They didn't believe that !!

"But you can't pull over to the side of the road when you're at 30,000 feet" seemed to be the general consensus among the gathered !!

So that's, in my humble opinion, how we should see our services to the public, "Doing away with pre-flight checks is like relying on the NRMA to come and fix your aeroplane when it breaks down at 35,000
feet !! "

S_T

airsupport
30th Dec 2011, 09:04
IF you did not already do so, you should also point out to them, as has been explained here previously, the saving to QF by doing away with LAME preflights is LESS than $1 per seat, actually from memory is was 50 cents or less per seat/pax. :ugh:

How many QF pax would want that reduction in safety checks to save 50 cents, NONE I am thinking. :rolleyes:

tail wheel
30th Dec 2011, 19:51
The LAME EBA is finalised. This thread is degenerated into a repetitious debate on semantics?

Perhaps the thread has reached it's use by date?

Millet Fanger
30th Dec 2011, 20:02
But as a QANTAS LAME, we would look at something outside the inspection zone,Two classic examples of this occurred recently, a crack in one and worn beyond limits in another structural component. Rushing to the 'scene of the crime', one of the brilliant ops managers instead of wanting to view the defect or ensuring the path to rectification had been commenced, came out with the following words of wisdom - "Who is responsible for finding this defect?", "Why were you looking there, there is no OSIP inspection for looking there this visit?"

Unfortunately this ops manager has moved on to a larger type, good luck?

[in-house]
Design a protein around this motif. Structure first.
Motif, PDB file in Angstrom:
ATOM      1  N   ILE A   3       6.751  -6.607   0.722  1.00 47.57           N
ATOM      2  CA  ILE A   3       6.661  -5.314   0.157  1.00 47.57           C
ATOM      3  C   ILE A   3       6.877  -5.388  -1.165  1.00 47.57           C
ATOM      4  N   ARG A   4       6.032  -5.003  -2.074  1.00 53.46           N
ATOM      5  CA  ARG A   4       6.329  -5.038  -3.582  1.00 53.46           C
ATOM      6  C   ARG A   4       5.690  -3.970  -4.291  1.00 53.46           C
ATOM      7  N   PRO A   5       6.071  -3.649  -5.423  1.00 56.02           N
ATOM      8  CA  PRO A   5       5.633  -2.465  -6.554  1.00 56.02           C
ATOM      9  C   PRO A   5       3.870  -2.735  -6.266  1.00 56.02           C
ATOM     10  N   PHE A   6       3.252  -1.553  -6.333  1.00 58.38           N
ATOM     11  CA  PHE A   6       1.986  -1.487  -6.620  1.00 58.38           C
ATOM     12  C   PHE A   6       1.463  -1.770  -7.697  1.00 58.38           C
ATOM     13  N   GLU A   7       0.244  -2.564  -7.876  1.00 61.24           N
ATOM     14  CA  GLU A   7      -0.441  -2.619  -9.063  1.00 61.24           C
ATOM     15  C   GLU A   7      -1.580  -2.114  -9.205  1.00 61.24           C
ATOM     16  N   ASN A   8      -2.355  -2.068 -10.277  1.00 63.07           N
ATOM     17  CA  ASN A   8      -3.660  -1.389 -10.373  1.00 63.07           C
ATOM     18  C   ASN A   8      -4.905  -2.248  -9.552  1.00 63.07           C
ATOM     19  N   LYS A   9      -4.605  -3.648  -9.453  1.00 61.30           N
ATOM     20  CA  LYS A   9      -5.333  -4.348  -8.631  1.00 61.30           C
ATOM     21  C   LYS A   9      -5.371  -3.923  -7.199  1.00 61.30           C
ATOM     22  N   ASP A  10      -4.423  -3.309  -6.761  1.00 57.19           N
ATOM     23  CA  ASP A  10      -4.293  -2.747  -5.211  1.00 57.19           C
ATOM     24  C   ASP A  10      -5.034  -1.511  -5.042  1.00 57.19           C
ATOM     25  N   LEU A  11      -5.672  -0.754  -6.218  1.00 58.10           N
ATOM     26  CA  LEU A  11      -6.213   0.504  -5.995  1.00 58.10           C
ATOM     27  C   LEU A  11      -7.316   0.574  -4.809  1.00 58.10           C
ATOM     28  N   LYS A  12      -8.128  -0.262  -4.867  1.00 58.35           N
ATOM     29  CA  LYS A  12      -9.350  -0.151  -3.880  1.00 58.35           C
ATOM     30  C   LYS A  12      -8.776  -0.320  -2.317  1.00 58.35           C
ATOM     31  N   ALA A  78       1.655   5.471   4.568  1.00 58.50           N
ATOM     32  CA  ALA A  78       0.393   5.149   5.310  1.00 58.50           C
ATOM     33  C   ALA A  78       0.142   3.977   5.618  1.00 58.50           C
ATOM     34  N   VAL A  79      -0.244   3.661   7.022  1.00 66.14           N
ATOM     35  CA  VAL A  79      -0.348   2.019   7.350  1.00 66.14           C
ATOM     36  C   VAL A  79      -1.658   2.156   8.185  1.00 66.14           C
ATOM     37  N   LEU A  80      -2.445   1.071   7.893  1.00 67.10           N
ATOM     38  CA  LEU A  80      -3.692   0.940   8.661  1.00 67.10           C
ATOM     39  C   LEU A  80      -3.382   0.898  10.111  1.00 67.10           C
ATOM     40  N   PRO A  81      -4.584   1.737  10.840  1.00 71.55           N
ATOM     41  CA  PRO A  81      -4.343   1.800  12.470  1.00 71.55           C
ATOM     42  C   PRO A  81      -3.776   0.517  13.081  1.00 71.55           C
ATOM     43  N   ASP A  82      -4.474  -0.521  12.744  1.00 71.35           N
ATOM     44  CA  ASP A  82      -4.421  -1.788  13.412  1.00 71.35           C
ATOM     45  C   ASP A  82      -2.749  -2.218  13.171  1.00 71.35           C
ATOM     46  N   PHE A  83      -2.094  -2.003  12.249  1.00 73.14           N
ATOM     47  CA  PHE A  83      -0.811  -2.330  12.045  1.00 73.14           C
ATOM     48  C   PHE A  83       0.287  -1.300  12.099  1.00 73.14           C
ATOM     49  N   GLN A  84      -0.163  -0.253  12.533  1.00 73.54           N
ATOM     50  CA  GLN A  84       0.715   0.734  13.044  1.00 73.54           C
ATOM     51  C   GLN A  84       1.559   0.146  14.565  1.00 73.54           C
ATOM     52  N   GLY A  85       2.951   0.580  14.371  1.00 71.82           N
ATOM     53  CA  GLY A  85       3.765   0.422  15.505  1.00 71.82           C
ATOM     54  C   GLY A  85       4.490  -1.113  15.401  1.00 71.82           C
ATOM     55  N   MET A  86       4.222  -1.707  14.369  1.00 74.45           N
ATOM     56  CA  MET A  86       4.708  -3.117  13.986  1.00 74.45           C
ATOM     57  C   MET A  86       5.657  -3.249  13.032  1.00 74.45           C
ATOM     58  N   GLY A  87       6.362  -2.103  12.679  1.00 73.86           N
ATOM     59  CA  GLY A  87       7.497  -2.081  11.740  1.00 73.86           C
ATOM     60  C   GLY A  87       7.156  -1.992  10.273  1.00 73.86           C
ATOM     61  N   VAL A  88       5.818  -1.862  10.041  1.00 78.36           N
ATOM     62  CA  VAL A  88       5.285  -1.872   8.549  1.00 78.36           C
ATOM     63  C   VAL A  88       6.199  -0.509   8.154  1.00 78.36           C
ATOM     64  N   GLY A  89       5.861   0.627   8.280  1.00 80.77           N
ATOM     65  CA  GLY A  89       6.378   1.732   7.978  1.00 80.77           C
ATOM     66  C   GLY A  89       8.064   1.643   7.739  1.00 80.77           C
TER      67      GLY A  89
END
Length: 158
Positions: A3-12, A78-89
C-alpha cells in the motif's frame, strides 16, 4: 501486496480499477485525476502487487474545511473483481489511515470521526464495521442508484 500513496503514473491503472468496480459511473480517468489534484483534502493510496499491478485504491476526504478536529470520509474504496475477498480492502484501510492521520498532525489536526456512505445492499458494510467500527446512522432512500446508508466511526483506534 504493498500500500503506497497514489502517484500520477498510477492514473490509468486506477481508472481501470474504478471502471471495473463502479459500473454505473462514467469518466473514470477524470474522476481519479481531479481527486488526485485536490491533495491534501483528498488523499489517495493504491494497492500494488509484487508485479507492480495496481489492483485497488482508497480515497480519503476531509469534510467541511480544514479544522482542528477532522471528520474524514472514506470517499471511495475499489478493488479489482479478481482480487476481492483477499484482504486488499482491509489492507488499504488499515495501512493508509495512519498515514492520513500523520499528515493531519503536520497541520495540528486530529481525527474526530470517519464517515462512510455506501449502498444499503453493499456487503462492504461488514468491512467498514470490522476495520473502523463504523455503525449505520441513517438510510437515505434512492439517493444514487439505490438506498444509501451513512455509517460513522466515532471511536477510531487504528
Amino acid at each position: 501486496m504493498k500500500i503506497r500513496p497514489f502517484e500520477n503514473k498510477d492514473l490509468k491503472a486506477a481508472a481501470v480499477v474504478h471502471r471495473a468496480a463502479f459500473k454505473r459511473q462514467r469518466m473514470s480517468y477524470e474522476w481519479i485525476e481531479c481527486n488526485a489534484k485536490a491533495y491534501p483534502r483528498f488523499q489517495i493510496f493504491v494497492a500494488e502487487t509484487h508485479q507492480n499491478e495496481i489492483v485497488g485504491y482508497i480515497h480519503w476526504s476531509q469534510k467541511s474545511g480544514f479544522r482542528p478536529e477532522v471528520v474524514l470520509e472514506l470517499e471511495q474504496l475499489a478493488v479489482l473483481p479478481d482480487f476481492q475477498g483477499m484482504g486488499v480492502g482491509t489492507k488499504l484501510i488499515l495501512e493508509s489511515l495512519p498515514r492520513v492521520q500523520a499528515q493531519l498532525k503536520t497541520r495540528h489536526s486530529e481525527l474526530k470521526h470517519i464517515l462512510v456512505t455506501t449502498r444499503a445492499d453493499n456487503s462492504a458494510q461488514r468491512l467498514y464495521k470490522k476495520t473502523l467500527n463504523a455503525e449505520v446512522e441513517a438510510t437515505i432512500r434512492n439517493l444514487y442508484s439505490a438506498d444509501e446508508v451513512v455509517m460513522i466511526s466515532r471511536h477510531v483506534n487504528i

airsupport
30th Dec 2011, 20:11
The LAME EBA is finalised. This thread is degenerated into a repetitious debate on semantics?

Perhaps the thread has reached it's use by date?

tail wheel,

Do what you think you need to do, however with the greatest of respect, YES the EBA is signed but the prolems associated with it are far from over. :(

Best regards,

airsupport.

ALAEA Fed Sec
30th Dec 2011, 23:08
It's more like 3 cents a ticket. That taking into account the baggage handlers they would need to replace us with, their wage rises, the LAMEs you would need standing by anyway and the extended flts that would still require a LAME.

airsupport
30th Dec 2011, 23:25
My apologies, I am not privy to the exact figures, it is a ridiculous idea to do away with LAME preflights to save 50c-$1 per seat/pax as I thought it was, but in order to MAYBE save 3 cents, that is just :mad: stupidity.

Surely even the QF Management can fathom that. :rolleyes:

My Wife and other members of my Family regularly fly down to MEL and return on QF, usually on a B737, maybe QF could have something on their web site for when you book the flights, they already have options for insurance etc, I would gladly pay the 3 cents for EVERY seat on that flight to have a B737 LAME preflight their aircraft. :ok:

Short_Circuit
31st Dec 2011, 01:28
Brilliant!! a tick box to select if you want a flight with or without a LAME preflight @ 50cents cost :ok:

As for closing the thread, we ain't got the ok from FWA yet. It ain't over just yet.

QF94
31st Dec 2011, 05:11
This thread will remain open whilst this little ferret goes overseas before an announcement of his bonus of $600,000 worth of shares is published for meeting short-term investment plans.

Here's a link:

Qantas chief reaps $600,000 share bonus (http://www.smh.com.au/business/qantas-chief-reaps-600000-share-bonus-20111230-1pfny.html)